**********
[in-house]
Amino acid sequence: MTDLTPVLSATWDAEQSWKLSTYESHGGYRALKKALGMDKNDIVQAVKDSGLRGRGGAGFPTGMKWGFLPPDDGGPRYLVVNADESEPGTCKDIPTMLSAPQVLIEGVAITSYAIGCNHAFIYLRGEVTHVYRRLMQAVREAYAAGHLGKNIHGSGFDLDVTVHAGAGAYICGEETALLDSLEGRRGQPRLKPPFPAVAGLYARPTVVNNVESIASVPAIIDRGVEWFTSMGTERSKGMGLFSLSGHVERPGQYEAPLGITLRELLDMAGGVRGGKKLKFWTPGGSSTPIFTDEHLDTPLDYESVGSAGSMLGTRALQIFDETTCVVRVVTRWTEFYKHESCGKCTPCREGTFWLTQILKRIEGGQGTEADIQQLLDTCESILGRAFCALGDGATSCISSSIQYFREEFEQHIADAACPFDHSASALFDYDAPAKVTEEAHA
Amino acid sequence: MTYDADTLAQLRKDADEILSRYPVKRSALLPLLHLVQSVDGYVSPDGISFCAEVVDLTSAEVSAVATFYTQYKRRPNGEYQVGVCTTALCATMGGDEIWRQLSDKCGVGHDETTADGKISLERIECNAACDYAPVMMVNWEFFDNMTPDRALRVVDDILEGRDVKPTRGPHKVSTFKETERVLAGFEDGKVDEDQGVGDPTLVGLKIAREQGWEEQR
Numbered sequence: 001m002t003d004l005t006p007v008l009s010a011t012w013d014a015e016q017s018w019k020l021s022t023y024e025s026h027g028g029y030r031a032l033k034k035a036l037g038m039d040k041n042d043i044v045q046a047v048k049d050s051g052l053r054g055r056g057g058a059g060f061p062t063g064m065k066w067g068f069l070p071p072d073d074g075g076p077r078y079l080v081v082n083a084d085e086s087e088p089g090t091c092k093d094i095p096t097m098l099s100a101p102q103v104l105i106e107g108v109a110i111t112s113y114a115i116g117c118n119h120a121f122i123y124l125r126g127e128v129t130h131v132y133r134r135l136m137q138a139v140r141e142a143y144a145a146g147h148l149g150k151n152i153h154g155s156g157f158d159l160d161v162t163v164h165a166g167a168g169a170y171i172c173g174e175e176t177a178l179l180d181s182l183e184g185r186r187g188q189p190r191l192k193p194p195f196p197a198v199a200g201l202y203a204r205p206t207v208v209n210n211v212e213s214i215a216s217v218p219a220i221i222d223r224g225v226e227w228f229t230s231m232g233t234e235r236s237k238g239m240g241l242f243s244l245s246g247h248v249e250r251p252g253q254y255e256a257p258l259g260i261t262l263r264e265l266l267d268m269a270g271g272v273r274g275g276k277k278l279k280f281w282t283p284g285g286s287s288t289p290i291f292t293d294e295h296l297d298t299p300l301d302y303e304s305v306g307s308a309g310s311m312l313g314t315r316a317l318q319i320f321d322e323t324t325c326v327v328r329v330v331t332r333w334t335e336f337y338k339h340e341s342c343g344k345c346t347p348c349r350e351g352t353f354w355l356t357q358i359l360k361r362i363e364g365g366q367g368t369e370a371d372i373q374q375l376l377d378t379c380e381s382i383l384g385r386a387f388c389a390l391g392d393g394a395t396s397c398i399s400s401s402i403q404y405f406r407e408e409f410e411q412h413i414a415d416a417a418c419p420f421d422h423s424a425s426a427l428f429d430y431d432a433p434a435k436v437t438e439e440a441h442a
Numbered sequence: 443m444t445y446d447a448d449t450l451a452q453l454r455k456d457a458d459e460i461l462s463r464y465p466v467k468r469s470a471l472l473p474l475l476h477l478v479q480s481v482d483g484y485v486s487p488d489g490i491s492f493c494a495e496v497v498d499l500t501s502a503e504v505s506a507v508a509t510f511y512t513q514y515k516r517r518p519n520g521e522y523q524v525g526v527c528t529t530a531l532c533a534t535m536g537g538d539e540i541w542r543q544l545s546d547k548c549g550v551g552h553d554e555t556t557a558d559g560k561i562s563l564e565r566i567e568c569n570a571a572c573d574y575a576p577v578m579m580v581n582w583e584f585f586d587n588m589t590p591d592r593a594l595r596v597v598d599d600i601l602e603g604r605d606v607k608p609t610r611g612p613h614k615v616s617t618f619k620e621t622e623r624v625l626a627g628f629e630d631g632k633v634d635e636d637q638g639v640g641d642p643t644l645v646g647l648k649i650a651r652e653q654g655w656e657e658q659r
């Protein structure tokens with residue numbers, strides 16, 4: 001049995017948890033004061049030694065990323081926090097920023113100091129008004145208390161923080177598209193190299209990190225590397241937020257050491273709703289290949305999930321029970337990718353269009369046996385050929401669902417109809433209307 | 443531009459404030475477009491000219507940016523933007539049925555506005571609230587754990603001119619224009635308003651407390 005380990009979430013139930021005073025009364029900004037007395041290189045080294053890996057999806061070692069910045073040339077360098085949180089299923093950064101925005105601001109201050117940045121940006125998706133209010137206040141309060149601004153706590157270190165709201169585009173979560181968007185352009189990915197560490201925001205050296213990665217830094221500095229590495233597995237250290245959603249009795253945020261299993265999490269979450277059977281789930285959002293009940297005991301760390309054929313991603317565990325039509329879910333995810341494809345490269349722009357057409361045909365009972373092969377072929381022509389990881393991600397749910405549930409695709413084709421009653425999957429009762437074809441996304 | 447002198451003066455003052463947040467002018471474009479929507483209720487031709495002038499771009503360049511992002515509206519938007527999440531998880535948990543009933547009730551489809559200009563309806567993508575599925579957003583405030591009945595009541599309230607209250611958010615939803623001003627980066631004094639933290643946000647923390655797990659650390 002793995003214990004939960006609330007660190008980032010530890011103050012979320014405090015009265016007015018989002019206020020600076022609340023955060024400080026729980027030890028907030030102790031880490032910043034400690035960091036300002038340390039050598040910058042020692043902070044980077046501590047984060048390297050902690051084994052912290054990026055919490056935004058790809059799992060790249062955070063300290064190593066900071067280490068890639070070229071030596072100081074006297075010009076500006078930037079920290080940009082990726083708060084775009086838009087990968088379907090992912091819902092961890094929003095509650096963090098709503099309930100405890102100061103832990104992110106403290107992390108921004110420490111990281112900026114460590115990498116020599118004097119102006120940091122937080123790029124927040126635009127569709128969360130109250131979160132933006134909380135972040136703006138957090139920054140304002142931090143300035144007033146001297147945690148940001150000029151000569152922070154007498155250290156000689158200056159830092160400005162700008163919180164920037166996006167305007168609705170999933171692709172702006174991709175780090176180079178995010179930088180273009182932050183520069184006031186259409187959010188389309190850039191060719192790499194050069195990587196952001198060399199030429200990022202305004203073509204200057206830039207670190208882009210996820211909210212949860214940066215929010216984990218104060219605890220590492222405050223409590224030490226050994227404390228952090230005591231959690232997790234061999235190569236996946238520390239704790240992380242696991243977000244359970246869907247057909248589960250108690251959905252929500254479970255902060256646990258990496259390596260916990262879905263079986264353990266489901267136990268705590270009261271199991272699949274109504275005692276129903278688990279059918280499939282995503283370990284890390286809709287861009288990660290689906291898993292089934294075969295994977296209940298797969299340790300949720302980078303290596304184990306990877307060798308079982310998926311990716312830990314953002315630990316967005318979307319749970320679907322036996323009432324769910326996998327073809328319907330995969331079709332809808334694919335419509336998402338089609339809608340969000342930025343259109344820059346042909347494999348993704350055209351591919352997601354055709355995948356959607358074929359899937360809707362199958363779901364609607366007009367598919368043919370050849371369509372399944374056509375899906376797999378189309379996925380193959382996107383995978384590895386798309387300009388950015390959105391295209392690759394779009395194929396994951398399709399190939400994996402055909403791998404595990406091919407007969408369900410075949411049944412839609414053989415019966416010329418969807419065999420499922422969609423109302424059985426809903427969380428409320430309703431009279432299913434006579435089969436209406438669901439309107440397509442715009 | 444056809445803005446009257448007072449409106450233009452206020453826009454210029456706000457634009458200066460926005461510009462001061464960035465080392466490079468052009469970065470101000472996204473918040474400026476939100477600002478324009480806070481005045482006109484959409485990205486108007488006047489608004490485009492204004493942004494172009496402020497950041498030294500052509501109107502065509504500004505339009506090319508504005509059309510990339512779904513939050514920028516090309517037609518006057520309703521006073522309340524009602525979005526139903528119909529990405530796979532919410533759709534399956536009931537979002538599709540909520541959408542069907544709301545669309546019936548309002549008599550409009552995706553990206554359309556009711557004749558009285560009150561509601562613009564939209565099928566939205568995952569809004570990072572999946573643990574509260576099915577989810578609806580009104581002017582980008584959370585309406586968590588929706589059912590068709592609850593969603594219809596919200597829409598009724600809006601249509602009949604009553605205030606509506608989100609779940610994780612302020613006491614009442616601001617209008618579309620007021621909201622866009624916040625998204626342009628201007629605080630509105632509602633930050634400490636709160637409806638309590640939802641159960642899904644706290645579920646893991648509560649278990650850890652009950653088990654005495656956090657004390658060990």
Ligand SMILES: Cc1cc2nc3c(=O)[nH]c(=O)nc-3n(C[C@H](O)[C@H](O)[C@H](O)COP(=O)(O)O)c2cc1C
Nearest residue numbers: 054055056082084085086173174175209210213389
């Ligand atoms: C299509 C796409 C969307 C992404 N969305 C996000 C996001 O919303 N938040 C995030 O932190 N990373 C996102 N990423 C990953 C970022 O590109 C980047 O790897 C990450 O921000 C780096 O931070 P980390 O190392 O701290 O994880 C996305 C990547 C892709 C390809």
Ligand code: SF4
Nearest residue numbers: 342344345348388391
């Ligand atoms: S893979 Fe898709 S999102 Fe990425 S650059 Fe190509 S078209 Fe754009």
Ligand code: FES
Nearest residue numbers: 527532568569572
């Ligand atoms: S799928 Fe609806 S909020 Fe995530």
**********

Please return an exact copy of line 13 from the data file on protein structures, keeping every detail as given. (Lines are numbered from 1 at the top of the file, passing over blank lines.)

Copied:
Ligand code: FES